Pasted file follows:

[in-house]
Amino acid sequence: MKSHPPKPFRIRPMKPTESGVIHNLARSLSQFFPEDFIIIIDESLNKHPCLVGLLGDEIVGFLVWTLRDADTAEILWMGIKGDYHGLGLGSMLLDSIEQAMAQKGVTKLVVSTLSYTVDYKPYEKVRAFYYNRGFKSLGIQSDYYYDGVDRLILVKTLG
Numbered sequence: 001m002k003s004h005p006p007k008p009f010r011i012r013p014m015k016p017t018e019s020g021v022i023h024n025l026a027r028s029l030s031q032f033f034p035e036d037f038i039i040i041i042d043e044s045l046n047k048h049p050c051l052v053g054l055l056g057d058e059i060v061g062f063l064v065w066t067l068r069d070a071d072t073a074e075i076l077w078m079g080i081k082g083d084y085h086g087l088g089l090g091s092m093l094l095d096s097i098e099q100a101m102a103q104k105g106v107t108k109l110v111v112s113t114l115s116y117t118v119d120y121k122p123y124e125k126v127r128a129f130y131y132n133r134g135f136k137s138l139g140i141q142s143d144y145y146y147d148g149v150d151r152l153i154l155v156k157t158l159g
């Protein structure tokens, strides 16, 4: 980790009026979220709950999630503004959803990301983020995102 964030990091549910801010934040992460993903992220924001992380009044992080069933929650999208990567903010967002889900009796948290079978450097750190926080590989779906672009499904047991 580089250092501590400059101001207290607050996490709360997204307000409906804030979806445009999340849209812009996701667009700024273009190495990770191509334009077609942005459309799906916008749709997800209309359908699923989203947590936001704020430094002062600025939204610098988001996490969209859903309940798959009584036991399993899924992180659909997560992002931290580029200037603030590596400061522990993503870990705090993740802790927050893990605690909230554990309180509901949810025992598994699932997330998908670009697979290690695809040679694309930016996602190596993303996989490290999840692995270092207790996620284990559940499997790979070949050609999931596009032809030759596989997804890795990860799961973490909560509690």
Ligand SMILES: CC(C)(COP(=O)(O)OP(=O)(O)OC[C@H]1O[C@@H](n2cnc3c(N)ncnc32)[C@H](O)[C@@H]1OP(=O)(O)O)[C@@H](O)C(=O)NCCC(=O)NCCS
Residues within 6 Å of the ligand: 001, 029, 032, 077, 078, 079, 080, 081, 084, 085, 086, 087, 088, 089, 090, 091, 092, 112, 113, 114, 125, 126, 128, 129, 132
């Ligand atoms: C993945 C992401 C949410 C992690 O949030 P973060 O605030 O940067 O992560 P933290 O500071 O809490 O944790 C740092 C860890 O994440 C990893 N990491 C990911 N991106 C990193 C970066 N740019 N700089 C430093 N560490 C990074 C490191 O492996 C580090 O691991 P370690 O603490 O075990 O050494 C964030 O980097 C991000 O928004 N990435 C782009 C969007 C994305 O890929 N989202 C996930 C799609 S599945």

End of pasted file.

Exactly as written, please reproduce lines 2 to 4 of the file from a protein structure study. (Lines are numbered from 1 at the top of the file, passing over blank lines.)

Amino acid sequence: MKSHPPKPFRIRPMKPTESGVIHNLARSLSQFFPEDFIIIIDESLNKHPCLVGLLGDEIVGFLVWTLRDADTAEILWMGIKGDYHGLGLGSMLLDSIEQAMAQKGVTKLVVSTLSYTVDYKPYEKVRAFYYNRGFKSLGIQSDYYYDGVDRLILVKTLG
Numbered sequence: 001m002k003s004h005p006p007k008p009f010r011i012r013p014m015k016p017t018e019s020g021v022i023h024n025l026a027r028s029l030s031q032f033f034p035e036d037f038i039i040i041i042d043e044s045l046n047k048h049p050c051l052v053g054l055l056g057d058e059i060v061g062f063l064v065w066t067l068r069d070a071d072t073a074e075i076l077w078m079g080i081k082g083d084y085h086g087l088g089l090g091s092m093l094l095d096s097i098e099q100a101m102a103q104k105g106v107t108k109l110v111v112s113t114l115s116y117t118v119d120y121k122p123y124e125k126v127r128a129f130y131y132n133r134g135f136k137s138l139g140i141q142s143d144y145y146y147d148g149v150d151r152l153i154l155v156k157t158l159g
């Protein structure tokens, strides 16, 4: 980790009026979220709950999630503004959803990301983020995102 964030990091549910801010934040992460993903992220924001992380009044992080069933929650999208990567903010967002889900009796948290079978450097750190926080590989779906672009499904047991 580089250092501590400059101001207290607050996490709360997204307000409906804030979806445009999340849209812009996701667009700024273009190495990770191509334009077609942005459309799906916008749709997800209309359908699923989203947590936001704020430094002062600025939204610098988001996490969209859903309940798959009584036991399993899924992180659909997560992002931290580029200037603030590596400061522990993503870990705090993740802790927050893990605690909230554990309180509901949810025992598994699932997330998908670009697979290690695809040679694309930016996602190596993303996989490290999840692995270092207790996620284990559940499997790979070949050609999931596009032809030759596989997804890795990860799961973490909560509690």